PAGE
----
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Category: Inflation

A Guide to Hyperinflation and What it Means

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printing dollar bills

Uncommon but hugely damaging, hyperinflation can destroy economies. Here’s everything you need to know…

Hyperinflation is, thankfully, a rare occurrence. But given that the inflation rate in this country has been hovering around 9% as of May 2022, this article feels especially relevant.

While this number might look scary – and will have its fair share of consequences across the nation – it’s also, you’ll be happy to hear, a whole different ballgame compared to hyperinflation.

So, what do we mean by hyperinflation? Mentions in your high school textbooks aside, it might not be a term you’re familiar with. If that’s the case, we’re here to help.

Below, we’ll look at hyperinflation in more detail, so you can get up to speed on what it means, what causes it, and how you can protect against it should it arise in the future.

What does hyperinflation mean?

Hyperinflation is the term used to describe rapid, excessive, and out-of-control general price increases in an economy. In periods of hyperinflation, these prices rise to more than 50% per month. Hikes like this mean that something as everyday as a loaf of bread or a cup of coffee might cost a certain amount in the morning and a higher amount later in the day.

Like we said up top, hyperinflation is a rare occurrence, particularly in developed economies. That said, it has occurred many times throughout history, including in China, Germany, Russia, Hungary, and Argentina.

woman worried checking bills

What is the difference between inflation and hyperinflation?

So, how does this differ from regular inflation? Inflation is a sustained price increase in goods and services that’s caused by an increase in money supply by a government. Inflation can also happen as a result of periods of economic growth that create more demand for skilled employees and resources. This creates higher salaries, which in turn creates higher prices.

For the most part, a certain amount of inflation is a good thing for the economy. As prices go up, consumers have more of an incentive to spend their money. The spiraling prices of hyperinflation, on the other hand, can wreak havoc on an economy, causing everyday essentials like food and fuel to become scarce, and incomes to drop, as a result.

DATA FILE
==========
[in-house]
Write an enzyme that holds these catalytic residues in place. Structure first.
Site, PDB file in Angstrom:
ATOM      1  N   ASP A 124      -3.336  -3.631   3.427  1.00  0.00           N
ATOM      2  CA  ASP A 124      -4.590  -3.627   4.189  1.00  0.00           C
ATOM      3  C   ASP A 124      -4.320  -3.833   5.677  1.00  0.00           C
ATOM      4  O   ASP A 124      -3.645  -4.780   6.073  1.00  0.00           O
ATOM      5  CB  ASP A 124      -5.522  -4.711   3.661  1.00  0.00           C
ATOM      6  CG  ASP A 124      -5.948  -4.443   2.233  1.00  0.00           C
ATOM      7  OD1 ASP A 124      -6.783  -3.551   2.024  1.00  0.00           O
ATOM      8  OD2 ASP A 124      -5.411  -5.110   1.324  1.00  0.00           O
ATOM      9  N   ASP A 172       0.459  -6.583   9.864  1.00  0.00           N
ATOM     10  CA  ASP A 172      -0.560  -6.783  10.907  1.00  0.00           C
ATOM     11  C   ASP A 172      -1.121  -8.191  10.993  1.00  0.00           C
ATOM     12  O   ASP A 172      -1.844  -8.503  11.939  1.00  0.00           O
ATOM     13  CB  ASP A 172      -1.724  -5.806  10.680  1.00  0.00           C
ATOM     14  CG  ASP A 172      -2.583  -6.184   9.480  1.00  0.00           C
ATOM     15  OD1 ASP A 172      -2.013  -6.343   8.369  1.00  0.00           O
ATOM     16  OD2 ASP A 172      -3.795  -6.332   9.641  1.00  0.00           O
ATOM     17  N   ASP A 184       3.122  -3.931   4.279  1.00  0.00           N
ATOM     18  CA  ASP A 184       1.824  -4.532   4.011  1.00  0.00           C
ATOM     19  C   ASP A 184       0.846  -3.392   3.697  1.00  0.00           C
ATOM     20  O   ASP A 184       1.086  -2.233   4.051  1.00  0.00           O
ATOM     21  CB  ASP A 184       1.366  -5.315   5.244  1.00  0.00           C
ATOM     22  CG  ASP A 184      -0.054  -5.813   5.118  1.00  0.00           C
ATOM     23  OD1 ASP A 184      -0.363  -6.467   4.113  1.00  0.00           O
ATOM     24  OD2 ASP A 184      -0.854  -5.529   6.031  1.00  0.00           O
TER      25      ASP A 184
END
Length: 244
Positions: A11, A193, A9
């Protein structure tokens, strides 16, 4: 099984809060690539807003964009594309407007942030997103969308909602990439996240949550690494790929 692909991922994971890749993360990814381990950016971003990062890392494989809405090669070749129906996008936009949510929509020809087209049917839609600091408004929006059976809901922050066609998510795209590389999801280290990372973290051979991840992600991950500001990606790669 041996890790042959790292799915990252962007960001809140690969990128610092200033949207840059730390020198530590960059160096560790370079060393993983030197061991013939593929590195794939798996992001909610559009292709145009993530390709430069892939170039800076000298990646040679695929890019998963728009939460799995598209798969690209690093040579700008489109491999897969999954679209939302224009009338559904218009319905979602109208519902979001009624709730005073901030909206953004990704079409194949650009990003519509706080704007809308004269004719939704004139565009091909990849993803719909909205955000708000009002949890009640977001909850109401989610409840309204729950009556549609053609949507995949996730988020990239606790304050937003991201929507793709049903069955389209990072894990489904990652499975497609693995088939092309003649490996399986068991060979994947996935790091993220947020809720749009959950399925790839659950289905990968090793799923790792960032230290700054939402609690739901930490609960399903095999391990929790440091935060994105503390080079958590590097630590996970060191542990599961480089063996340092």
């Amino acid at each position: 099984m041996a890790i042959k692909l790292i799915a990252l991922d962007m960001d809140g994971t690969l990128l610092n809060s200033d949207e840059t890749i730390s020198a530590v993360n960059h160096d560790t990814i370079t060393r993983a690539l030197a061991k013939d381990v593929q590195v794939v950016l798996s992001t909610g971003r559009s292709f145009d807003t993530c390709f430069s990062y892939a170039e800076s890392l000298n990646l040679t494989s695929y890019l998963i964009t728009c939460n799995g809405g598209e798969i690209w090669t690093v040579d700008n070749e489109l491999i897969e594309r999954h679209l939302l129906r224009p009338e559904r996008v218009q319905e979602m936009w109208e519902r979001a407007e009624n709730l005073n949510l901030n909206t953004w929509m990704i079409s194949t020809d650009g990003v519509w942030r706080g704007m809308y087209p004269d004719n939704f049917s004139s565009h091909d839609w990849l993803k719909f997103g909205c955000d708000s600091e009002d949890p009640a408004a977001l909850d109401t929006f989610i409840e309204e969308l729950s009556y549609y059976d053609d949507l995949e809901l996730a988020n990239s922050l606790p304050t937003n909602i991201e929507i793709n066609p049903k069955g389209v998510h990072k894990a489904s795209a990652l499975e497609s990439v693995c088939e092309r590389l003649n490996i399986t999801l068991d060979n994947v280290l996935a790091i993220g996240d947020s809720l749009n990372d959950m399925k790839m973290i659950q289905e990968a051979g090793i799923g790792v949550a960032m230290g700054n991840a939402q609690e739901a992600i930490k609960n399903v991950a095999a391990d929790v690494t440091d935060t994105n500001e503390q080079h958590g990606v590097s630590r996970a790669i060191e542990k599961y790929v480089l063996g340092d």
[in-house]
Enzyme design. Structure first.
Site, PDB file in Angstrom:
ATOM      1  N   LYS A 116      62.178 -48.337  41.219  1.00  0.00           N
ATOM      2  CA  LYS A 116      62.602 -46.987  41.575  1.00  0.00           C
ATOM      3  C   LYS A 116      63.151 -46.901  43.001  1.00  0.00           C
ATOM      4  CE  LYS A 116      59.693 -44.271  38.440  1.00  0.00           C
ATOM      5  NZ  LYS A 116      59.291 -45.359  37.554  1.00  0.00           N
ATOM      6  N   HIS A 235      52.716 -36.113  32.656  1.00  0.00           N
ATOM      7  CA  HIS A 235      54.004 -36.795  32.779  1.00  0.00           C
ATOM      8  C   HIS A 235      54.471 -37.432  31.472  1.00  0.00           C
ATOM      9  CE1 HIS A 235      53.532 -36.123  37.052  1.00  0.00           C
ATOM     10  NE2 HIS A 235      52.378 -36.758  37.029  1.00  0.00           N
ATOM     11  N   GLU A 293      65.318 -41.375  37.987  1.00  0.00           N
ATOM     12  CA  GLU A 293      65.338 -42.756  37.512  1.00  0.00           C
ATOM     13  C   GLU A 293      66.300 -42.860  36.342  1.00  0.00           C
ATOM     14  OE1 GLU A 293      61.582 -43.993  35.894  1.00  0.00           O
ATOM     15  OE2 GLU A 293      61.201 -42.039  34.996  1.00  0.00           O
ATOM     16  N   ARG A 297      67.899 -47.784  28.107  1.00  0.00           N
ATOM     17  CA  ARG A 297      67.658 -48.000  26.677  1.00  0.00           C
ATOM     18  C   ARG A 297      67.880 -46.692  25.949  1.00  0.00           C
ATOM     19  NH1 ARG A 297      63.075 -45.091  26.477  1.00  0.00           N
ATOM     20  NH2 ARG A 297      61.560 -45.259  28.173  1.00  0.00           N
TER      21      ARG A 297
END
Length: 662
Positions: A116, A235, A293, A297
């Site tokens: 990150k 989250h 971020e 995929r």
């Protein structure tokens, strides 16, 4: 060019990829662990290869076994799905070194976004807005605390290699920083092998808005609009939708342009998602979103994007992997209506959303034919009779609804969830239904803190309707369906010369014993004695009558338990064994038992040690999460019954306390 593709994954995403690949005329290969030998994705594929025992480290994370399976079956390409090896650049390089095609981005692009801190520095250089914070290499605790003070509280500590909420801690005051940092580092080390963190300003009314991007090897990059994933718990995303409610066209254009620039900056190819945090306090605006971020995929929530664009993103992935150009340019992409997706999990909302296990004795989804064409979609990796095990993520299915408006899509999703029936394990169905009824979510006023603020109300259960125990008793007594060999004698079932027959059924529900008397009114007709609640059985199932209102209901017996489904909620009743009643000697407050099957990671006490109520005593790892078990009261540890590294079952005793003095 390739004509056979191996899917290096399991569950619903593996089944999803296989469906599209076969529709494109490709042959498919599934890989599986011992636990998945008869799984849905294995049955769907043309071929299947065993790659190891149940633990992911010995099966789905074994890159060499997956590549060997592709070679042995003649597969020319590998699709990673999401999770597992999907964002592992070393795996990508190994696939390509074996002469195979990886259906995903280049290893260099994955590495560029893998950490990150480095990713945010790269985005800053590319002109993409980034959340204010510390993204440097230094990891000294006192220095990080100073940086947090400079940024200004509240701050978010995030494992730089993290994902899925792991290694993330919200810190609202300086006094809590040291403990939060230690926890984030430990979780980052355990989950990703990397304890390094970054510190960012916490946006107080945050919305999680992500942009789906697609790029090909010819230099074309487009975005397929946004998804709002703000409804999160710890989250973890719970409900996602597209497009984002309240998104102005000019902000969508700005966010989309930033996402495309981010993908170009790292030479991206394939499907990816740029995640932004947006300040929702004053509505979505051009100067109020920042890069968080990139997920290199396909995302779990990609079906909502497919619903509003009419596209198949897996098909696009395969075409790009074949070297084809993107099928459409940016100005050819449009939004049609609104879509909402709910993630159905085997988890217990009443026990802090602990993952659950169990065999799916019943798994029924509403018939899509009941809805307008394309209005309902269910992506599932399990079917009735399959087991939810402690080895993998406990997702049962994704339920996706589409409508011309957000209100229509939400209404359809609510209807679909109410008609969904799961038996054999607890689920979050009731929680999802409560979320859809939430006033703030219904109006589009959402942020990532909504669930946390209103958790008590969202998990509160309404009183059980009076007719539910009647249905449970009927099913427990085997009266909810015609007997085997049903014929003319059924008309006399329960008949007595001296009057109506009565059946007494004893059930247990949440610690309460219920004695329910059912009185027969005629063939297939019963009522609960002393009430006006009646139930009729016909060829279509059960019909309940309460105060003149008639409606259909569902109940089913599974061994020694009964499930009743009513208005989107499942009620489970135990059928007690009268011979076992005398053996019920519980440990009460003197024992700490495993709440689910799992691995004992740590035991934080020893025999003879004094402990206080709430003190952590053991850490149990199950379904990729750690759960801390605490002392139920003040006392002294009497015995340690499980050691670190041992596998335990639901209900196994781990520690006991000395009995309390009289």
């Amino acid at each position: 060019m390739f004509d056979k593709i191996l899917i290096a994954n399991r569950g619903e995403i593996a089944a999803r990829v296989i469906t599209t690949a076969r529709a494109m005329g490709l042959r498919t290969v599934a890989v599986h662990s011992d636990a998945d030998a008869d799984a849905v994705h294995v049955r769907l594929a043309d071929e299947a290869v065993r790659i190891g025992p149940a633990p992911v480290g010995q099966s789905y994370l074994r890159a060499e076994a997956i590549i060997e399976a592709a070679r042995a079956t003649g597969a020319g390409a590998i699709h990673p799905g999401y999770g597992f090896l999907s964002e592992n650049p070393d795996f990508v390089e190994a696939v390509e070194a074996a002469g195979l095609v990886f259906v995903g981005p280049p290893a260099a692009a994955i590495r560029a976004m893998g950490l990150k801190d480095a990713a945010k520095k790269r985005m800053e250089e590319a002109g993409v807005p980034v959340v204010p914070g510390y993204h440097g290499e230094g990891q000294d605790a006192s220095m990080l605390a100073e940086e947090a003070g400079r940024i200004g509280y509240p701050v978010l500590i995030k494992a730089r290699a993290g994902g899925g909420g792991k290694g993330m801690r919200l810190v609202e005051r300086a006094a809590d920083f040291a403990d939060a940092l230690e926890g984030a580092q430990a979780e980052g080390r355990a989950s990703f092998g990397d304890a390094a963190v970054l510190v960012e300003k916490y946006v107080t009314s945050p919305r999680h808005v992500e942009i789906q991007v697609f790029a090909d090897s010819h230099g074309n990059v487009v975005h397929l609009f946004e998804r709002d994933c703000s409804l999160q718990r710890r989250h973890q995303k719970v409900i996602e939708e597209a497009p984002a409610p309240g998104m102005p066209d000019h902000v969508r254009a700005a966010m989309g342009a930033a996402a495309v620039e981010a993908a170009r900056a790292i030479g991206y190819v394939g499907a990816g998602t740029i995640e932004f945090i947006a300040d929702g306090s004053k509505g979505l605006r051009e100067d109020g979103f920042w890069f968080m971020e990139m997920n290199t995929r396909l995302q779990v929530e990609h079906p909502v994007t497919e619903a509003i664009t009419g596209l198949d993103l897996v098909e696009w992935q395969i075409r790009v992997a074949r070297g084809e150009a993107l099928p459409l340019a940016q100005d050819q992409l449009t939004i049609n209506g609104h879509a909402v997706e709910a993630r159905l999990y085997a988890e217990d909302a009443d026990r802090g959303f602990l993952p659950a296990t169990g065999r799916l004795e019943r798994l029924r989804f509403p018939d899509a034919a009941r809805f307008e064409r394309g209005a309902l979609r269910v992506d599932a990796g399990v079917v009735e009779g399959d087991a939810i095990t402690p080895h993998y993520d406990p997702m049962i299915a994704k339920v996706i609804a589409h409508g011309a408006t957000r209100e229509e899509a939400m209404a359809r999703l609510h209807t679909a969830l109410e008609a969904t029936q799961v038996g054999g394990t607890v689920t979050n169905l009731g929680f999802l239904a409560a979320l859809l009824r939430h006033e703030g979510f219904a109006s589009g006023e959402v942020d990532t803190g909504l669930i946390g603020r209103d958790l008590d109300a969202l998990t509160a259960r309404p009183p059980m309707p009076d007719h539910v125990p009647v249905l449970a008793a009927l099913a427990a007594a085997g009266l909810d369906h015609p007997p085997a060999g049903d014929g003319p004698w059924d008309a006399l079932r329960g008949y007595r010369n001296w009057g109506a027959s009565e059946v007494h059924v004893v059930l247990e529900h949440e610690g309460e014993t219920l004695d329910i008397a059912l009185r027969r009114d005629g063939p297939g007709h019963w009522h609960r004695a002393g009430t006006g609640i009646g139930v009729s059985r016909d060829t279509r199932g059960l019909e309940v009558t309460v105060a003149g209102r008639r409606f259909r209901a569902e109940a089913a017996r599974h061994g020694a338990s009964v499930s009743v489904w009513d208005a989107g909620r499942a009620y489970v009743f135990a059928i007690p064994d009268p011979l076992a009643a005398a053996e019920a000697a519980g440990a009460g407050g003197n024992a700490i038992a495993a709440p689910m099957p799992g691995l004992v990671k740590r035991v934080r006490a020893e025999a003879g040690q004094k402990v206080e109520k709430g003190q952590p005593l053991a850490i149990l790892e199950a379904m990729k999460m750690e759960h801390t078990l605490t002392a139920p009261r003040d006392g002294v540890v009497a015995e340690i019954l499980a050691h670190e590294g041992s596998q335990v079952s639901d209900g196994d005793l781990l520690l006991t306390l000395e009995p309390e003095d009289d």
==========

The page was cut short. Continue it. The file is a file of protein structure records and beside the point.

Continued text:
Once hyperinflation is underway, correcting it becomes an uphill battle. Reducing government spending is a common approach, but the drastic cuts to social spending, military spending, and subsidies come at a price. Slashing the money supply can also help, although this causes interest rates to soar. Anyone in the market for a new house or vehicle is going to struggle in this scenario.

In extreme circumstances, other countries have resorted to replacing their currency with a more stable foreign currency. In 2000, Ecuador replaced its currency, the sucre, with the US dollar, while in 1991, Argentina created a new version of its currency tied to the US dollar, which helped to ease hyperinflation greatly.

us dollars

What causes hyperinflation?

There are two reasons why hyperinflation can happen.

The first is a rapid increase in a country’s money supply, usually when a government prints more and more money. While this might sound like a good thing, there’s a reason for the upswing in money printing: to pay for its excessive spending. As the amount of money increases, the value of each individual unit of currency drops, and prices rise.

The second cause, demand-pull inflation, takes place when a surge in demand outstrips supply, causing prices to skyrocket. This happens due to increased consumer spending due to a growing economy, abrupt rises in exports, or increases in government spending.

What happens when there is hyperinflation?

Across individuals and economies, the effects of hyperinflation can be disastrous.

With people rushing to avoid paying more for goods, hoarding becomes commonplace. What might start with durable goods soon leads to perishable goods like bread and milk. As these everyday goods become scarcer and more expensive, people are unable to pay for even the most basic of necessities.

As money loses its value, savings become worthless. This means that the elderly are often hit the hardest during periods of hyperinflation. Likewise, with loans losing value and people halting their deposits, banks and lenders soon go bankrupt.

Hyperinflation also causes the value of the currency in foreign exchange markets to come crashing down. With the cost of foreign goods at all-time highs, importers go out of business. With the loss of so many jobs and the bankrupting of so many businesses, unemployment increases as a result. Meanwhile, government tax revenues fall, struggling to pay for what were once basic services.

woman putting savings in piggy bank

There are small, specific positives to hyperinflation, however. Those who took out loans will benefit; their debt will be next to worthless until it’s all but wiped out. The falling value of local currency also makes exports far cheaper than foreign competitors. Exporters receive hard foreign currency too, which increases in value against the falling local currency.

All told, however, the fallout of hyperinflation can cause nations to fall into extreme recessions and even depressions.

How to protect your finances against hyperinflation

We’ve spoken about protecting from inflation before, but clearly, hyperinflation is an entirely different beast.

To protect your finances against hyperinflation, it’s well worth keeping an eye on your personal balance sheet and budget. Both inflation and hyperinflation can turn your savings to dust. To stay ahead of rising or out-of-control inflation, people have used some of their savings to pay off debt, cutting off rising interest rates at the pass so they have less debt service to deal with during periods of rising inflation.